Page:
One other Rashi from last week's parsha provided much food for thought in my home. Hashem told Moshe to select 70 zekeinim to help him. Problem: there is no way to divide 70 into 12 equal parts -- we need some way to determine which shevatim got only 5 representitives and which got 6. The solution was to draw lots. 72 lots were created, 70 of which said "zakein" and 2 which were blank. But, asks the Taz in Divrei David, is this method really fair? Let's say you are the first one to draw -- the odds of your getting one of the "losing" lots is 2/72. But let's say you are the last one to draw -- if no one else got a blank lot, you are certain to draw a losing ticket! The fewer lots in the mix, the greater the odds of drawing a losing ticket. The Yerushalmi provides some help and says there were 74 lots created, so that even the final two people to draw would have a chance to win. But even so, their odds would be 50/50, far higher than the initial person's odds of 1/36! (Perhaps it was my BIL's mention of the Monty Hall problem in a comment to the previous post that attracted my attention to this issue, as both problems deal with the effect of choice on probability.)
By rights I should have discussed this earlier in Parshas BaMidbar where the same issue comes up in regards to pidyon. Each Levi served as a substitute for a bechor. Problem: there were 22,000 Levi'im, but 22,273 bechorim. The 273 overflow had to pay pidyon, but how do you determine who the 273 "losers" who have to pay are? Again, the answer was to draw lots, and again the question is whether the method is really fair.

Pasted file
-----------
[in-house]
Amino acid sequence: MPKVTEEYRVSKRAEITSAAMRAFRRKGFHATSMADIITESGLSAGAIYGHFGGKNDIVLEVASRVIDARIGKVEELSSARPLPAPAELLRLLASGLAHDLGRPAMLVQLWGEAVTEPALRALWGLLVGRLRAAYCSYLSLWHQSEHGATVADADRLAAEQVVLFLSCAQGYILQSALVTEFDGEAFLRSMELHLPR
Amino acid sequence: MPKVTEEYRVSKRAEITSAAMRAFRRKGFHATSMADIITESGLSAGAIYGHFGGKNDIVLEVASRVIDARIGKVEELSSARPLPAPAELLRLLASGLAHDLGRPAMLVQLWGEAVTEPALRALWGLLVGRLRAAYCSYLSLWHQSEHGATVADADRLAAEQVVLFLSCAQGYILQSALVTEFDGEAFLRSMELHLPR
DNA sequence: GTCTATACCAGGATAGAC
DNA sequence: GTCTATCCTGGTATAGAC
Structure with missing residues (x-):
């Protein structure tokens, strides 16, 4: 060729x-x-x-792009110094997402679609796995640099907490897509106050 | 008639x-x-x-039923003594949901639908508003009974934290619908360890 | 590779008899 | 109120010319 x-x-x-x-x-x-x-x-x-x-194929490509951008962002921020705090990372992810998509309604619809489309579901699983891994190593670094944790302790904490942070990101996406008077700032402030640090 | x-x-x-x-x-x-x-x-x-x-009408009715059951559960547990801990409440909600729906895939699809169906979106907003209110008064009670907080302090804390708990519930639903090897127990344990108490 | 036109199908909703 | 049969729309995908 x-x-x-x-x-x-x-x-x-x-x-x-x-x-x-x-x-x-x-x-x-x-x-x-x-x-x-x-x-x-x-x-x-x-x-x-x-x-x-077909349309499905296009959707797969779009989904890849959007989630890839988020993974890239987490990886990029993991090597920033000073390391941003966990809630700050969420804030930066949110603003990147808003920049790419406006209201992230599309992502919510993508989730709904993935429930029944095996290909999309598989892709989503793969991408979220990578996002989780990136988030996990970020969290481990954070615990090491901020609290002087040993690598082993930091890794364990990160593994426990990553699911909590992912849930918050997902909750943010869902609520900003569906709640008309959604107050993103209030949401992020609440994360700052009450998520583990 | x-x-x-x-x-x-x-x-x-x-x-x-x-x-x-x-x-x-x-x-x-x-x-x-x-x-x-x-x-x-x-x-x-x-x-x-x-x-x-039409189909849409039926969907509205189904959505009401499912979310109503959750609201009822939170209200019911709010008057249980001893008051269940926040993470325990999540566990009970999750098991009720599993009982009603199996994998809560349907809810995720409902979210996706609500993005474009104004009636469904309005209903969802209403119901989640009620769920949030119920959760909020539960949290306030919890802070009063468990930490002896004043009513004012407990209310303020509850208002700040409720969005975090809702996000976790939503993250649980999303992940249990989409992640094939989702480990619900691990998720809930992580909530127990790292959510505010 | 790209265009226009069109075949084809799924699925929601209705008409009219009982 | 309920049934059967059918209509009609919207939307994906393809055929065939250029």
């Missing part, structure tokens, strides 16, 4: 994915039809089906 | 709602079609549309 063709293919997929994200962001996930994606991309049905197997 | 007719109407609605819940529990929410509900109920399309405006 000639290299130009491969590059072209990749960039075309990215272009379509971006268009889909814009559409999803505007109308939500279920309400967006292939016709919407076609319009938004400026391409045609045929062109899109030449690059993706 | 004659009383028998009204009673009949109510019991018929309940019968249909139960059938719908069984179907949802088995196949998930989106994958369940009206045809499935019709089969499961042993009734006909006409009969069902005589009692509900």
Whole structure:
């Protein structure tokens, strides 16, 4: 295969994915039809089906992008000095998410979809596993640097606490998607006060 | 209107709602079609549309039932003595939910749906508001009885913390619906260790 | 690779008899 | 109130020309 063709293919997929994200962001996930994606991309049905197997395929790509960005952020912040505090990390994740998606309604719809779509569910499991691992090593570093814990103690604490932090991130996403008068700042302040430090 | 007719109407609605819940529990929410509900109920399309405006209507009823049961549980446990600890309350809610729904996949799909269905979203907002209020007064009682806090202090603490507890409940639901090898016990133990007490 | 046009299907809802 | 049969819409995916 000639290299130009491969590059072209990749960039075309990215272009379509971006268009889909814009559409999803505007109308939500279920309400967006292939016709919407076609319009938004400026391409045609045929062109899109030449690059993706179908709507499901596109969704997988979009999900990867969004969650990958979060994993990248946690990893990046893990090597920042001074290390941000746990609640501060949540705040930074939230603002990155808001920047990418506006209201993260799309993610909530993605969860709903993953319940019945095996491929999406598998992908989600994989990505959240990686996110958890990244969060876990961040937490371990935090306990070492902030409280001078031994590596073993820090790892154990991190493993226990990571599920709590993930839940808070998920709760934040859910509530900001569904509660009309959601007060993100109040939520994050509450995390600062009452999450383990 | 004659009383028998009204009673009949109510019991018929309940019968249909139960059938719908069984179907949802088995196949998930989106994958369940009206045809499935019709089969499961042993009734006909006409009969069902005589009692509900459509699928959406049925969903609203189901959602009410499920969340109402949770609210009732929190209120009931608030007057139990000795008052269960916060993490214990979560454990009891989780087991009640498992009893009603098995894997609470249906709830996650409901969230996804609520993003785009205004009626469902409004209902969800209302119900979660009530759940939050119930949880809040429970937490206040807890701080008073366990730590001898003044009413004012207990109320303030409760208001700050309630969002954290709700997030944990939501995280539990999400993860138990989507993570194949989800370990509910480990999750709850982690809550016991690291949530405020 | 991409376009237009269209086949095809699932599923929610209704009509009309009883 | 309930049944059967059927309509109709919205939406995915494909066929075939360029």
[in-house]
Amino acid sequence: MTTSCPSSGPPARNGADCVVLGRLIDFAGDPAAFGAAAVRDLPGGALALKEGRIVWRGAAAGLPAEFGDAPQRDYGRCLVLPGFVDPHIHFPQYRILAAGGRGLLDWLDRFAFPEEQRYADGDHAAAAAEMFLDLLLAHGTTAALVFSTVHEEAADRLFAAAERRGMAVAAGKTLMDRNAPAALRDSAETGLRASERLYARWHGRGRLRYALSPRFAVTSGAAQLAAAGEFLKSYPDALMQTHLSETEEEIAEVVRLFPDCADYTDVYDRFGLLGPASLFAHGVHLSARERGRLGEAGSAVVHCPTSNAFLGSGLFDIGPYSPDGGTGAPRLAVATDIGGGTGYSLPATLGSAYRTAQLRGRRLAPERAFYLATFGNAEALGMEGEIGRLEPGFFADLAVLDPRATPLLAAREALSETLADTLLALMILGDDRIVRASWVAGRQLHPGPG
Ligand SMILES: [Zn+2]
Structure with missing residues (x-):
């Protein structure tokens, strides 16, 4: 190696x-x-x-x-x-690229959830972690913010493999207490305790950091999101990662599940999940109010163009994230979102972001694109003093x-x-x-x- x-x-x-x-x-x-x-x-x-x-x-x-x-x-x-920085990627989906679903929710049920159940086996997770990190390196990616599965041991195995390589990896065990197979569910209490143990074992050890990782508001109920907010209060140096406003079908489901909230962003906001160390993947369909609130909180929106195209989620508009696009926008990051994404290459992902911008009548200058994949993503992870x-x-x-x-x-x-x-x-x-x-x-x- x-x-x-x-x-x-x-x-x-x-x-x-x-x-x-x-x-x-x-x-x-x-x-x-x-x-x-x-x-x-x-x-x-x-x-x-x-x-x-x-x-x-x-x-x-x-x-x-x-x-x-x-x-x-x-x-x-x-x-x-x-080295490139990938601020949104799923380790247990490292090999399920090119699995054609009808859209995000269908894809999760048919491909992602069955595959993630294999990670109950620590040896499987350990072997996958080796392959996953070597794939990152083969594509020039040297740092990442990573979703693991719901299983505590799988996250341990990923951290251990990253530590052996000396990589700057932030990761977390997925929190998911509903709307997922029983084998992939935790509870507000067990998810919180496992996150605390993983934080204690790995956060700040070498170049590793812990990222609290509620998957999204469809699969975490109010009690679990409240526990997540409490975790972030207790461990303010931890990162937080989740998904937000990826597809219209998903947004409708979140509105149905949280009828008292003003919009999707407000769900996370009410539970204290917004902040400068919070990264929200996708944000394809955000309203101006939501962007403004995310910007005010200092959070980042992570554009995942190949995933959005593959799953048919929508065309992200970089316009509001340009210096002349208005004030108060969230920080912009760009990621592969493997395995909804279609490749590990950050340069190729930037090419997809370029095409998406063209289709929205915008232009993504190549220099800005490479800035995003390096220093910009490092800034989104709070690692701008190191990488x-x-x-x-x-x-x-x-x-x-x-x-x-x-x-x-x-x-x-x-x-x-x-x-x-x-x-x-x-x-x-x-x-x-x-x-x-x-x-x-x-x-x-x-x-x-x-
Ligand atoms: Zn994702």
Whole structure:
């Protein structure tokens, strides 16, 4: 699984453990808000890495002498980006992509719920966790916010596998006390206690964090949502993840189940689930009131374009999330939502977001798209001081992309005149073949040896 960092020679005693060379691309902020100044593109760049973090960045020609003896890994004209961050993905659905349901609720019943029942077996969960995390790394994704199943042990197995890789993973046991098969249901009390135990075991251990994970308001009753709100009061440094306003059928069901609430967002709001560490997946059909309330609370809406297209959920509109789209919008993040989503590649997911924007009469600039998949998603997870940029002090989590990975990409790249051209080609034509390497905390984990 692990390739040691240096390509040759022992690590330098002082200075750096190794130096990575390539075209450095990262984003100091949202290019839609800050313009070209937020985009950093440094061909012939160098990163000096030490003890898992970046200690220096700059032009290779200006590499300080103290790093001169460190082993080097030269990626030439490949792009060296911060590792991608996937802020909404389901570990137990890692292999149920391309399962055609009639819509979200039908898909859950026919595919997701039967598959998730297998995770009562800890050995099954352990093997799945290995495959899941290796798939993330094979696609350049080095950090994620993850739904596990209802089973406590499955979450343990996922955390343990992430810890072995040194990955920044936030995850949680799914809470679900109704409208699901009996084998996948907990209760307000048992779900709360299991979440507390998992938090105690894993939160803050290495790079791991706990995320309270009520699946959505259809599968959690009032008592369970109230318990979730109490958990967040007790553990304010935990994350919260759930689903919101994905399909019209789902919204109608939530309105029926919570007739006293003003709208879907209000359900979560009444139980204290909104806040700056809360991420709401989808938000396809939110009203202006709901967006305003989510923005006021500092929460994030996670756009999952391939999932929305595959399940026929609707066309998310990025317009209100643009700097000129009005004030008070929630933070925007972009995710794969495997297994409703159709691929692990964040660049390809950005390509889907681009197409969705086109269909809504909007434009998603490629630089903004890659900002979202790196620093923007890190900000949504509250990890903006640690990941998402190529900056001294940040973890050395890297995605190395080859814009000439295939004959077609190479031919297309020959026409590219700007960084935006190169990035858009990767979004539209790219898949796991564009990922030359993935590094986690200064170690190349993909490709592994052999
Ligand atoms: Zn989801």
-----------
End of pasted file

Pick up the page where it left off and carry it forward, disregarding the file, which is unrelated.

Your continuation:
One might answer simply that the lots were not truly random but were guided by hashgacha, but if that's the case, why not dispense with the pretense of lots entirely? Another interesting answer offered by the Taz in BaMidbar is that since the lots were drawn from a fixed jumble, we apply the principle of kol kavua treat everyone has having 50/50 odds. This seems hard to swallow. Kol kavua is not a metziyus; it's a legal fiction. You can't use a halachic reality to answer a mathematical question about real metziyus. Kol kavua doesn't mean the odds are really 50/50, but rather despite the tilt in odds, for purposes of law we treat kol kavua as 50/50.
My son and I both thought this question doesn't get off the ground. No matter who chooses first and who chooses last, the odds remain the same. Imagine dealing a deck of cards to 52 people. Whether you stop after 10 cards or 20 or 50, the odds of any one person holding the ace of spades is still 1/52. The Taz cites a Rashba"sh who writes that the more lots chosen, the greater the odds the losing lot is among those taken already (simple principle of rov). I'm not sure I follow the logic here completely, and for either of these answers to work I think (though I may be wrong) you have to assume that no one revealed their choice in advance. To tell you the truth, the more I think about this, the more confused I get, probably (no pun intended) because I am a lost cause when it comes to math. If anyone has another solution or cares to shed some light, please comment away.